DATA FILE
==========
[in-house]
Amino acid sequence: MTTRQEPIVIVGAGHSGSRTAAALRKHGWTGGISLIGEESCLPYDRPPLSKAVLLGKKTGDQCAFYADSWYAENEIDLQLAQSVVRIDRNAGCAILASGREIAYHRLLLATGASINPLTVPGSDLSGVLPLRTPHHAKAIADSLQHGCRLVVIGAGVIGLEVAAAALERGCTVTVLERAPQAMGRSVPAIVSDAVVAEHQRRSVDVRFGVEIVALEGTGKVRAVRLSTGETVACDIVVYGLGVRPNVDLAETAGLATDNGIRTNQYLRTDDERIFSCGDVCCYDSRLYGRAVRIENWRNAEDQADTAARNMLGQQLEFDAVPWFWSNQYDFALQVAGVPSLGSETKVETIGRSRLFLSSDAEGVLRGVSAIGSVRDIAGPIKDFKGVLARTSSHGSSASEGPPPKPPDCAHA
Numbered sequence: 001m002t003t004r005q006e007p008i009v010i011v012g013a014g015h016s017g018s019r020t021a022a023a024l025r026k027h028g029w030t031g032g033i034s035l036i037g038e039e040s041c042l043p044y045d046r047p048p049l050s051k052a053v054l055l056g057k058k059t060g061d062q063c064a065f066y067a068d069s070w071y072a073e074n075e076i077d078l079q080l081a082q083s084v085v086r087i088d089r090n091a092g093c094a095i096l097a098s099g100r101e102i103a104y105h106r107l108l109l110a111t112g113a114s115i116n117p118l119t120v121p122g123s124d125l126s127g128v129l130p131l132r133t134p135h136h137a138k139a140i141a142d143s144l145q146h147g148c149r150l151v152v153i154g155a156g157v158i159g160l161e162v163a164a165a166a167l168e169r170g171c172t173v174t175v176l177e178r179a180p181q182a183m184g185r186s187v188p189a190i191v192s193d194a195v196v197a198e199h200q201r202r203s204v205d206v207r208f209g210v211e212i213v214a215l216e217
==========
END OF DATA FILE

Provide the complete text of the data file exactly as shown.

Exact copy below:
[in-house]
Amino acid sequence: MTTRQEPIVIVGAGHSGSRTAAALRKHGWTGGISLIGEESCLPYDRPPLSKAVLLGKKTGDQCAFYADSWYAENEIDLQLAQSVVRIDRNAGCAILASGREIAYHRLLLATGASINPLTVPGSDLSGVLPLRTPHHAKAIADSLQHGCRLVVIGAGVIGLEVAAAALERGCTVTVLERAPQAMGRSVPAIVSDAVVAEHQRRSVDVRFGVEIVALEGTGKVRAVRLSTGETVACDIVVYGLGVRPNVDLAETAGLATDNGIRTNQYLRTDDERIFSCGDVCCYDSRLYGRAVRIENWRNAEDQADTAARNMLGQQLEFDAVPWFWSNQYDFALQVAGVPSLGSETKVETIGRSRLFLSSDAEGVLRGVSAIGSVRDIAGPIKDFKGVLARTSSHGSSASEGPPPKPPDCAHA
Numbered sequence: 001m002t003t004r005q006e007p008i009v010i011v012g013a014g015h016s017g018s019r020t021a022a023a024l025r026k027h028g029w030t031g032g033i034s035l036i037g038e039e040s041c042l043p044y045d046r047p048p049l050s051k052a053v054l055l056g057k058k059t060g061d062q063c064a065f066y067a068d069s070w071y072a073e074n075e076i077d078l079q080l081a082q083s084v085v086r087i088d089r090n091a092g093c094a095i096l097a098s099g100r101e102i103a104y105h106r107l108l109l110a111t112g113a114s115i116n117p118l119t120v121p122g123s124d125l126s127g128v129l130p131l132r133t134p135h136h137a138k139a140i141a142d143s144l145q146h147g148c149r150l151v152v153i154g155a156g157v158i159g160l161e162v163a164a165a166a167l168e169r170g171c172t173v174t175v176l177e178r179a180p181q182a183m184g185r186s187v188p189a190i191v192s193d194a195v196v197a198e199h200q201r202r203s204v205d206v207r208f209g210v211e212i213v214a215l216e217